A couple of years ago, I decided to stop using a housekeeping service. I’d used several over the years, beginning when I was a medical student. Prior to that, I always assumed that only rich ladies had housecleaners. Given the state of our checkbook, I knew that luxuries like someone to clean your house were out of our reach. But with two young children, my husband’s demanding research job, and the insanity of medical school, I clearly needed help.

Over the ensuing three decades, I used several types of services—single, self-employed cleaning ladies, companies where a half dozen people converge on your house and sanitize it in an hour, and services that send out rotating cleaners so you never know who will be in your house. Sometimes I’d have them come every two weeks. When our family life expanded to include dirt-producing activities like cat ownership, gardening, and horseback riding, I had cleaners in every week, and even that didn’t seem often enough. They all did a good job, more or less. None got into corners with a vacuum, but most did a much better job with my stovetop than I.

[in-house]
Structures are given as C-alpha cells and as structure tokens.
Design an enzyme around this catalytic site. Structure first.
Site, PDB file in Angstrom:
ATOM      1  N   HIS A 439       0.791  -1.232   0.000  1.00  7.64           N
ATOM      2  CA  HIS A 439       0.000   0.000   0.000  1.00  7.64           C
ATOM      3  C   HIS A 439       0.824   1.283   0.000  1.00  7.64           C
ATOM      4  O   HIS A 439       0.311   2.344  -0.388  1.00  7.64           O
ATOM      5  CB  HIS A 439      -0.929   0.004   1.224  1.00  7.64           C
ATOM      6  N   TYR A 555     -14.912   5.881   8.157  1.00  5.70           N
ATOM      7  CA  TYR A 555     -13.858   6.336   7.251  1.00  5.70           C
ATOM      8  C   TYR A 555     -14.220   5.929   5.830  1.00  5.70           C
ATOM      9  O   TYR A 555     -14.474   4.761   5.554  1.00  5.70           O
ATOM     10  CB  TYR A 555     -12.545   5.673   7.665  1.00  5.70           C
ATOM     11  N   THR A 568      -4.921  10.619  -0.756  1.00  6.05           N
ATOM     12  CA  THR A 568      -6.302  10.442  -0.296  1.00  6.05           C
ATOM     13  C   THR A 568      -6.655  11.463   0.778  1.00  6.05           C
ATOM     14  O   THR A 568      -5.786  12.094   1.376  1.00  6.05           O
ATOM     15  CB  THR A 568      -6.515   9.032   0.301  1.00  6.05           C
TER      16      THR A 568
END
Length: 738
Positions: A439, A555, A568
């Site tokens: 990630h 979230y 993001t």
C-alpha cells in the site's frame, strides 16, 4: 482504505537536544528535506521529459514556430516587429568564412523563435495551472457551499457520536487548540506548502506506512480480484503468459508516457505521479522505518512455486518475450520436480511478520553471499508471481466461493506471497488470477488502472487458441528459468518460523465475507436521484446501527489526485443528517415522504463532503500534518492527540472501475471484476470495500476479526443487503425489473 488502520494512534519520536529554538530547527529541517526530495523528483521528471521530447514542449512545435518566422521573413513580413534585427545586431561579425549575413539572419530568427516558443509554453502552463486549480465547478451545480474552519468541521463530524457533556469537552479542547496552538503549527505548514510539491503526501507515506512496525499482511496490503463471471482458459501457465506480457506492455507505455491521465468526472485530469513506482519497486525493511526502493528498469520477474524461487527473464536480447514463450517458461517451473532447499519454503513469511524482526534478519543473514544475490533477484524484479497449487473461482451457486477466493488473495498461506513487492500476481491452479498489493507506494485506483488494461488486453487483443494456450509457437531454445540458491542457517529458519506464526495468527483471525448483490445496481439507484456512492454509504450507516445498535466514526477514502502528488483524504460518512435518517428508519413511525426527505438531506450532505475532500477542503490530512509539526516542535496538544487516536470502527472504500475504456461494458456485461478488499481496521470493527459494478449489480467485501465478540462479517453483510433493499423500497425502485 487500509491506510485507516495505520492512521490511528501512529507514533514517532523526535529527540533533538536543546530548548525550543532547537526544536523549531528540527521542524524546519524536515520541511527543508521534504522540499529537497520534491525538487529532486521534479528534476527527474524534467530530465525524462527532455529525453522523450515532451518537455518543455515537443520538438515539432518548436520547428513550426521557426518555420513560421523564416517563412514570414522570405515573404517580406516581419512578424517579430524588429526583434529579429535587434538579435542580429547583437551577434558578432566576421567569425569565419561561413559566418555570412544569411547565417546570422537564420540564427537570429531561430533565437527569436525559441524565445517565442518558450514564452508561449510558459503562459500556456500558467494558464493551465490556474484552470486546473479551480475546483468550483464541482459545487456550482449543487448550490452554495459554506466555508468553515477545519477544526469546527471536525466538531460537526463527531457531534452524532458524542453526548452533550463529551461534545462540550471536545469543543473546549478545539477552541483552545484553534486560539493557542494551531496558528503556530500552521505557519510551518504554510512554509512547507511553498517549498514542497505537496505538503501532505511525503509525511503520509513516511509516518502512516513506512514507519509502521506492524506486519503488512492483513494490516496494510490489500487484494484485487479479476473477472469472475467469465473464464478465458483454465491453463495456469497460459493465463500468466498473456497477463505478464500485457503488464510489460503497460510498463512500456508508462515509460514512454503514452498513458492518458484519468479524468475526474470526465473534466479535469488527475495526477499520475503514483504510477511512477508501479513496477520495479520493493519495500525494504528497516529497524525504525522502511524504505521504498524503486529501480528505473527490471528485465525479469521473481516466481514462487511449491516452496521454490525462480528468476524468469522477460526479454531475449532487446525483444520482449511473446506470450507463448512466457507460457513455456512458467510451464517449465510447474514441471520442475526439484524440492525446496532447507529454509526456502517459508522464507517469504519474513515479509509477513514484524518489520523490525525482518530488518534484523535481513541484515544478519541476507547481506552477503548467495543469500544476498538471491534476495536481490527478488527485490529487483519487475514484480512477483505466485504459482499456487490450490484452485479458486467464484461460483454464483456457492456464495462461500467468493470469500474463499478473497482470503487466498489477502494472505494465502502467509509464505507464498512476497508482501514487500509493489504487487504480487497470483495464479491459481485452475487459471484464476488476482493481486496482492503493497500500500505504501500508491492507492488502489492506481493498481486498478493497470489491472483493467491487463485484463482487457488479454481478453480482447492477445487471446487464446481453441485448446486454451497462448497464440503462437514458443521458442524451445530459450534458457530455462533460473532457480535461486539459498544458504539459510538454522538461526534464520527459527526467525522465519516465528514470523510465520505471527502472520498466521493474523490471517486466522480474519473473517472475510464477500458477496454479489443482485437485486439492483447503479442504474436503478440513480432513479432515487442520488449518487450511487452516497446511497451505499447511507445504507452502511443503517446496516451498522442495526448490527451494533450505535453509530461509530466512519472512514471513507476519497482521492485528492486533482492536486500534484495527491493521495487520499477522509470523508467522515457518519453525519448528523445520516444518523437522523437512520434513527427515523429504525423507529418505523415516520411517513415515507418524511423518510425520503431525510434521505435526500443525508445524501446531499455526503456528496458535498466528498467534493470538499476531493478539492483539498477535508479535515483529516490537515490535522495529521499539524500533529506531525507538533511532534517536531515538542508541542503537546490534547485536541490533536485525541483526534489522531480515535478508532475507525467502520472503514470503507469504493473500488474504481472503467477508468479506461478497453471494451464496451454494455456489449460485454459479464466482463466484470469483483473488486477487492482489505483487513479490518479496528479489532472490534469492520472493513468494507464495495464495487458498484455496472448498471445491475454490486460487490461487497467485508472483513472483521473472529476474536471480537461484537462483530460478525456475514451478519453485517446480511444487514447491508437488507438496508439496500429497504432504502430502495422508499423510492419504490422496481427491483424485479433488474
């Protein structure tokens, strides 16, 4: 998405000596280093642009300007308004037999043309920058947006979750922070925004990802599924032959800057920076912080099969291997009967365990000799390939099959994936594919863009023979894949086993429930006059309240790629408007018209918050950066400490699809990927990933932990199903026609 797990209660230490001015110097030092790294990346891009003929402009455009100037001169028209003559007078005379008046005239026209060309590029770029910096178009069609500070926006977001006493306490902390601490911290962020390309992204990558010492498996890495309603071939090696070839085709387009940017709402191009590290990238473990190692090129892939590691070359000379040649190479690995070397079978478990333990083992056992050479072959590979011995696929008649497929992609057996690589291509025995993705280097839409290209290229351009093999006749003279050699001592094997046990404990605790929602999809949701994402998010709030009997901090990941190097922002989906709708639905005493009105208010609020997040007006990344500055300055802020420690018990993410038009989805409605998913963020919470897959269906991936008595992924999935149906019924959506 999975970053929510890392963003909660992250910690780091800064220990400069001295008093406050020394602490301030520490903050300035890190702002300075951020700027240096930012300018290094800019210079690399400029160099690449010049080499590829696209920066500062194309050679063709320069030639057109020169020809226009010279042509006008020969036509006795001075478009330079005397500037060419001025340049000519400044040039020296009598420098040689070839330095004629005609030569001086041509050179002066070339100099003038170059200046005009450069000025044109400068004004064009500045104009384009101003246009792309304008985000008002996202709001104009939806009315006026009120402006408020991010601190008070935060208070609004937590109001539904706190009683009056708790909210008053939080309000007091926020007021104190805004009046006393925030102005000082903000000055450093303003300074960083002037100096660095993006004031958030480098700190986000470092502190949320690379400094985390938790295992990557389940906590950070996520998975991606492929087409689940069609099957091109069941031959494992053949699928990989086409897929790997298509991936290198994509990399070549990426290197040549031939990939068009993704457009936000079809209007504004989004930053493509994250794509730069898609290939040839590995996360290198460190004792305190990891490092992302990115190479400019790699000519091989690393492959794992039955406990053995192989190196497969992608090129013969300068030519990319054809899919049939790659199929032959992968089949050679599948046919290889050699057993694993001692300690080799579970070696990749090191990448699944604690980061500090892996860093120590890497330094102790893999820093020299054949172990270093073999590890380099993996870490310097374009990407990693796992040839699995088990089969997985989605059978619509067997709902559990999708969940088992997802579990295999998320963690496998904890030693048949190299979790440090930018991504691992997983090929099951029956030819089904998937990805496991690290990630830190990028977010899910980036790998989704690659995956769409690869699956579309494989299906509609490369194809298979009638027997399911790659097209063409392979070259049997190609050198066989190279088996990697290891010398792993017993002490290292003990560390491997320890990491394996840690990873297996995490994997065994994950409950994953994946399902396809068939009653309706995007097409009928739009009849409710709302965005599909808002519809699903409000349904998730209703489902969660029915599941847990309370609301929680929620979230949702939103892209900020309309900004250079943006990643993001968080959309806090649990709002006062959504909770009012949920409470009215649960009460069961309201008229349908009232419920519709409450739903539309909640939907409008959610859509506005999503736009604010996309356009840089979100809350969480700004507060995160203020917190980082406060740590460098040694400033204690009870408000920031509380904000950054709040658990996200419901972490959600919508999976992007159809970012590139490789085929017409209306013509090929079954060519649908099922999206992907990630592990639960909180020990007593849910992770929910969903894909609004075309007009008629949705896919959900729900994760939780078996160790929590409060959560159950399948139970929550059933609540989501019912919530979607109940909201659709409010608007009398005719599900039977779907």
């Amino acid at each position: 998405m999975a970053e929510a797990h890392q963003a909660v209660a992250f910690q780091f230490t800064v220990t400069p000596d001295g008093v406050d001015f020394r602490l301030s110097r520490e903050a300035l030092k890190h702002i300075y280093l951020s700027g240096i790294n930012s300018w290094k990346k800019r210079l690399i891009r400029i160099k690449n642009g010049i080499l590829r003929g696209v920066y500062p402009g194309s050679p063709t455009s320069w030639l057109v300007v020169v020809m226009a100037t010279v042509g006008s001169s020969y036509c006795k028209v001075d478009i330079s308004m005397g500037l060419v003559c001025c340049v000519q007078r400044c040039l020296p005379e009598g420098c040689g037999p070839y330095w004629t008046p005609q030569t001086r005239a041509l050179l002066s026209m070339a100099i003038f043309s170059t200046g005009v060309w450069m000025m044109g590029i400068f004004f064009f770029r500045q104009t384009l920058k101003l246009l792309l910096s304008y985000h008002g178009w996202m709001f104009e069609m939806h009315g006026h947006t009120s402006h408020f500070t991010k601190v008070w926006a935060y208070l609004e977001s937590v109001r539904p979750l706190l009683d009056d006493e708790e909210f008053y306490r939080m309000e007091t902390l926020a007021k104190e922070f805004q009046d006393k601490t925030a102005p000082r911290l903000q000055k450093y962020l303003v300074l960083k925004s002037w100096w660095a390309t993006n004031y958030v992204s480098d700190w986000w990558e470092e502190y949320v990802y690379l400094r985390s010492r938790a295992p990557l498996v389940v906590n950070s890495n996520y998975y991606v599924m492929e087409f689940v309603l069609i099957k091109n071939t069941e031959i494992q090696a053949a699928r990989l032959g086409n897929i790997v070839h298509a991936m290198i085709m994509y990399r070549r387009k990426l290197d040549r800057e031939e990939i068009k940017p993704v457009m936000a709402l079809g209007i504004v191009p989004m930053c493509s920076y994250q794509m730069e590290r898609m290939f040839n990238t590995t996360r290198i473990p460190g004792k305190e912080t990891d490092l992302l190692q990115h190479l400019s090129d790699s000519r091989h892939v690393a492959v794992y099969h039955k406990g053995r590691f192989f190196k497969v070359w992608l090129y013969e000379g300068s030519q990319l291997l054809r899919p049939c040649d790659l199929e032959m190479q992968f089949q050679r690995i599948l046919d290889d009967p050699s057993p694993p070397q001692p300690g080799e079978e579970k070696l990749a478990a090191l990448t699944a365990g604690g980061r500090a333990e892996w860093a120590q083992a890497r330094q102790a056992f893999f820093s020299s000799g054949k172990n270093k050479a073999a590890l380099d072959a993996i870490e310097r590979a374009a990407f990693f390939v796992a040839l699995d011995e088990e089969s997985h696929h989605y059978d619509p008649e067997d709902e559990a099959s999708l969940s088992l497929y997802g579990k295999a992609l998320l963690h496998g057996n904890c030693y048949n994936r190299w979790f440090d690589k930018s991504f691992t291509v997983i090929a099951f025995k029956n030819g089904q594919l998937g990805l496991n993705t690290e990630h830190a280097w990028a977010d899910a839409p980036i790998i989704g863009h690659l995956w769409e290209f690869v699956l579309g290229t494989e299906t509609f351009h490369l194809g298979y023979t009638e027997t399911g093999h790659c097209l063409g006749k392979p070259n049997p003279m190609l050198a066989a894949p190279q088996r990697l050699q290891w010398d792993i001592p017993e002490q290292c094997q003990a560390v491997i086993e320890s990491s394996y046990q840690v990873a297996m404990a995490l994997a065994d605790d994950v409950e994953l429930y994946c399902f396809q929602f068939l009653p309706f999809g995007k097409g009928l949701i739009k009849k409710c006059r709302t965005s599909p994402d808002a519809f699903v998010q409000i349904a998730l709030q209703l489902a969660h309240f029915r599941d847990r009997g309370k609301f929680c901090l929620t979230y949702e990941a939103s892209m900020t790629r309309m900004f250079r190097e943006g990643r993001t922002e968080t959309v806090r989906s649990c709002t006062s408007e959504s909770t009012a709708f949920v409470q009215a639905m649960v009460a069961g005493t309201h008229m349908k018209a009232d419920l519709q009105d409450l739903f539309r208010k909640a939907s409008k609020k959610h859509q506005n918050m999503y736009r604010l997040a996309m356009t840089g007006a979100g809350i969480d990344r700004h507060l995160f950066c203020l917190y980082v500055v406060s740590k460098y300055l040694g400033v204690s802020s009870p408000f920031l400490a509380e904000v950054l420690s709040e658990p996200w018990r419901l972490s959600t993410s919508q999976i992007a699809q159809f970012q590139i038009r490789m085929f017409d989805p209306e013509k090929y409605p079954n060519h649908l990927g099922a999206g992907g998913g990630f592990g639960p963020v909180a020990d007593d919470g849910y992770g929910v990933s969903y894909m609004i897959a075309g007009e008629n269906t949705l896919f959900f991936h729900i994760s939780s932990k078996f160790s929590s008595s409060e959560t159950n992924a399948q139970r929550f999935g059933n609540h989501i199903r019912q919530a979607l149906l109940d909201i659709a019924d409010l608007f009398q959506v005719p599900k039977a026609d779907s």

But with an empty nest, and the prospect of salaries decreasing (what my daughter calls being “pre-tired”), I decided to dust off my own vacuum, pull out those old rags hanging in a plastic bag in the utility closet, and get to work. Besides, part of my research focuses on the health effects of increased physical activity. I needed to practice what I preach. I knew that cleaning house can burn calories, without having to buy a gym membership or become an athlete.

It was a good idea in theory.

I’d forgotten that housecleaning is actually hard work. Or maybe my older body just reacted badly to new muscles being used. I was already active—every day I walk, bike, or do elliptical, and each morning I do strength training exercises. But vacuuming and sweeping found new muscles to annoy, and the inch I’ve shrunk over the years made stretching to clean mirrors even more of a challenge.